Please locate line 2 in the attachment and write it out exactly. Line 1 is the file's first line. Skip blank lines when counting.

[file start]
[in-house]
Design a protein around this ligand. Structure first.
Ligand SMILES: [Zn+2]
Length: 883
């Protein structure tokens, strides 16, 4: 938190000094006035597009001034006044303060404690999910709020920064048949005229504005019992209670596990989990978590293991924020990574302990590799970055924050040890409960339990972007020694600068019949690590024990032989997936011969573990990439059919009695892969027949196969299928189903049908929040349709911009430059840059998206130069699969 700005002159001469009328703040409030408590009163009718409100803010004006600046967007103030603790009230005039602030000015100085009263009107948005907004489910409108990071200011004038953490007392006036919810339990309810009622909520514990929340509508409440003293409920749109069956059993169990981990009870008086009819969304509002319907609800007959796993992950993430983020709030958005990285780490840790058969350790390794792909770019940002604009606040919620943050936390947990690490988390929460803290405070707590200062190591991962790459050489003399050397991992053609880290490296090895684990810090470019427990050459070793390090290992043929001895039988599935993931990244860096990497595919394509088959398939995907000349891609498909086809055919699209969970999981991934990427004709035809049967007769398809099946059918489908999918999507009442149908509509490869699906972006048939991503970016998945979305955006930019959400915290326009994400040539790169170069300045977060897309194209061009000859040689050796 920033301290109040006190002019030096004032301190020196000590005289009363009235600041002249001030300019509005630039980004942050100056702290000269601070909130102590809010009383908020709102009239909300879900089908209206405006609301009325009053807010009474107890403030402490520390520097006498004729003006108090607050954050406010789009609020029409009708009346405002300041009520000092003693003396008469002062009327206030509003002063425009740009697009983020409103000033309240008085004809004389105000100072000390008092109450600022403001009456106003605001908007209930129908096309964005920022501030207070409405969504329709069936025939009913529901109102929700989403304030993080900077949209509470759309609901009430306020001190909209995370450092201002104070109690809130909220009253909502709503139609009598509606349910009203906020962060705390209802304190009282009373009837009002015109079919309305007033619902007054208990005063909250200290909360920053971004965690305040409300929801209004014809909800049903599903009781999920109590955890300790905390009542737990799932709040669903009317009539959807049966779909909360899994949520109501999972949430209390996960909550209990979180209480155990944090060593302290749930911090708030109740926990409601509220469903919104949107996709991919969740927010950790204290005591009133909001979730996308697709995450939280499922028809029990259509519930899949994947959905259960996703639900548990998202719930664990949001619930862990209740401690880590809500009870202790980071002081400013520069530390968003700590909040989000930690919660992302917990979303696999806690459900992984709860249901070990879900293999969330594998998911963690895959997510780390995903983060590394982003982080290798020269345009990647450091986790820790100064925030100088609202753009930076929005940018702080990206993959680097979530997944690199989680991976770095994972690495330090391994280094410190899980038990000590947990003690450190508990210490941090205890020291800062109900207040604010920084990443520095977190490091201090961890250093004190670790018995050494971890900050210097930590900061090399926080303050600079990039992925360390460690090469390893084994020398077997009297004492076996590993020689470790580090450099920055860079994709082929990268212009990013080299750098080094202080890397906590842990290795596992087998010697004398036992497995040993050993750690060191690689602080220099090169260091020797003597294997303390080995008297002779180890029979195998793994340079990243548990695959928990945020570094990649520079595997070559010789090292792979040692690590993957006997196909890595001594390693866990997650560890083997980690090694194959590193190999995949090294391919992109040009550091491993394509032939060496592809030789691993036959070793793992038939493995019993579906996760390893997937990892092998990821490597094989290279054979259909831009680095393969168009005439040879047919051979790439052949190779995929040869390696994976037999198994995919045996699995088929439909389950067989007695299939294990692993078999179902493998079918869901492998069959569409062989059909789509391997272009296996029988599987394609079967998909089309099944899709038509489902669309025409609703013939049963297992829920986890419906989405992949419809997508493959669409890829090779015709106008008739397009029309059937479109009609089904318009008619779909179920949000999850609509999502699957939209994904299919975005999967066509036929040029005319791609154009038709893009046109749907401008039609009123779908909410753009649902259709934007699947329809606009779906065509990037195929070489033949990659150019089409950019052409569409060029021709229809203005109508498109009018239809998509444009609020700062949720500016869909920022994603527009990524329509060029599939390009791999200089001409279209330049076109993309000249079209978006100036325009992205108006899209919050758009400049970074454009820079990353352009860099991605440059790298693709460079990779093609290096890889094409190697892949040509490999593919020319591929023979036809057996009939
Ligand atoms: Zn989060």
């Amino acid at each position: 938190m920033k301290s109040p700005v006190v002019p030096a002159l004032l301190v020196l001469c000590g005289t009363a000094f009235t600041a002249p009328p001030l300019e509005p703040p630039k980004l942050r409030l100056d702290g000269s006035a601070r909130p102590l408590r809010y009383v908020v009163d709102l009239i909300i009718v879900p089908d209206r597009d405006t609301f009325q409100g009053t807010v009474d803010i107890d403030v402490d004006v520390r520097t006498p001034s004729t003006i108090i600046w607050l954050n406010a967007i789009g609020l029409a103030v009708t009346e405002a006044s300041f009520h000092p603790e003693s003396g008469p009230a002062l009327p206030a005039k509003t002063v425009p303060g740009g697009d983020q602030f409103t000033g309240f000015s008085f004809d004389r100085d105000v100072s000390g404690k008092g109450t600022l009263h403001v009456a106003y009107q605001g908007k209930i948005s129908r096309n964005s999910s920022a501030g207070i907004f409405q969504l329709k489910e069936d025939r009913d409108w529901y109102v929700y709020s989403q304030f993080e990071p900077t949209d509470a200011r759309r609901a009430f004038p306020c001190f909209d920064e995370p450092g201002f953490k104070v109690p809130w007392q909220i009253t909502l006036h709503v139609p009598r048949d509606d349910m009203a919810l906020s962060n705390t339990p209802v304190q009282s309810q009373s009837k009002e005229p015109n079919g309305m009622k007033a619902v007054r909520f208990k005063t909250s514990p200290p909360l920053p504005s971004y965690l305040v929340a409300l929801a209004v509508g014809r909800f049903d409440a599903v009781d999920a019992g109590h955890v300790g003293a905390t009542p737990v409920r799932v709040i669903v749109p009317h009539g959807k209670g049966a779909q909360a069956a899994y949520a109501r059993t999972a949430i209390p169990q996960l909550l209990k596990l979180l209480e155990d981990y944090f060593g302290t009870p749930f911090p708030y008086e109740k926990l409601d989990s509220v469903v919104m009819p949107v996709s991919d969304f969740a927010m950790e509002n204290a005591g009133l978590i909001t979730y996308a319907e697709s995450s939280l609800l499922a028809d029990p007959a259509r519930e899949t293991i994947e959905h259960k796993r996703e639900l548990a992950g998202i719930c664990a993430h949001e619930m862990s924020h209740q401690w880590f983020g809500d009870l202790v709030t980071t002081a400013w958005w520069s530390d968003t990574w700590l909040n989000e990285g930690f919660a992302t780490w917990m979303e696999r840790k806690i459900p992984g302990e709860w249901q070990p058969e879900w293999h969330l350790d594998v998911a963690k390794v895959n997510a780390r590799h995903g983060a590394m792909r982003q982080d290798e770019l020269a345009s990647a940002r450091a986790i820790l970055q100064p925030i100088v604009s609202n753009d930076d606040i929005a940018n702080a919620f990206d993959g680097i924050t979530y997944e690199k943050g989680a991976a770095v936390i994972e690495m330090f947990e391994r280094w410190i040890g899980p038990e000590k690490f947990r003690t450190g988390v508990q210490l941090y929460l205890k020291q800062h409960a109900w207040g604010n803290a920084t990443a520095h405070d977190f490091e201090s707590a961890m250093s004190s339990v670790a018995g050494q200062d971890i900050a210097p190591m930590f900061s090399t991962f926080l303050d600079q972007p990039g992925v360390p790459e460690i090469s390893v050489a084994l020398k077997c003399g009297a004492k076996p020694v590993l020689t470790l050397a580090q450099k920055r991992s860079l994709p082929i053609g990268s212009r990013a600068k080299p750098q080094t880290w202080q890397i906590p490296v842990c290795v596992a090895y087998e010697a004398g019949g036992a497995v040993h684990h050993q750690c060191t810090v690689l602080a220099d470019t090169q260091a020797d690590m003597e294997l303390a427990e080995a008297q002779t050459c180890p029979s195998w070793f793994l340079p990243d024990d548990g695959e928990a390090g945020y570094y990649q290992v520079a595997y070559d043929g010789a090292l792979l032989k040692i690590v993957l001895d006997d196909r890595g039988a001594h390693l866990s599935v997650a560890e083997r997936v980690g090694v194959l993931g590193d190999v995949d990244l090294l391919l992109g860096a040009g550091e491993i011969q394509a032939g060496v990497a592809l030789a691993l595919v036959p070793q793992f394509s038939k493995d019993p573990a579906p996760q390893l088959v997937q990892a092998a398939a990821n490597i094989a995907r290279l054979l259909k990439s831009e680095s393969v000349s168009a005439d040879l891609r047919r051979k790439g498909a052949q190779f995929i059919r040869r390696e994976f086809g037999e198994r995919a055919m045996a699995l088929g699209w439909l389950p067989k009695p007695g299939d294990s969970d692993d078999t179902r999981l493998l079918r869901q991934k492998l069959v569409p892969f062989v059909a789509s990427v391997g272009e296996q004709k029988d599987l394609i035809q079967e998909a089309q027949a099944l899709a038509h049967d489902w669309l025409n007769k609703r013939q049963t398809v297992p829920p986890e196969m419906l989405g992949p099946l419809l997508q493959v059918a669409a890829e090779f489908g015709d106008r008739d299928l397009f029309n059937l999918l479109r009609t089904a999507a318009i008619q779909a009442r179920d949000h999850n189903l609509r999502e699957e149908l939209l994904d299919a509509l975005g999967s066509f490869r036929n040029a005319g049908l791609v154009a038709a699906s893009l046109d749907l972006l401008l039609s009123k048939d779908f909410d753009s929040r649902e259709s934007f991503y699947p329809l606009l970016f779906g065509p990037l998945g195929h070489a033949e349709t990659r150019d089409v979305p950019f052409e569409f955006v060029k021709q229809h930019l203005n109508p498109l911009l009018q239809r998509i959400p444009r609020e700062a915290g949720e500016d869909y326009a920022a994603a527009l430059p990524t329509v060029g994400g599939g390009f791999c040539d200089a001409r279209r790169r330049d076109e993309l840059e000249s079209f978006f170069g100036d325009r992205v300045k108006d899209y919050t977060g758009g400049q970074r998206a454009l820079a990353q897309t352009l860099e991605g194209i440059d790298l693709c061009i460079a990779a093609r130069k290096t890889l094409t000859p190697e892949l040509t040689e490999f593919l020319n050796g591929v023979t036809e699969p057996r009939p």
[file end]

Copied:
Design a protein around this ligand. Structure first.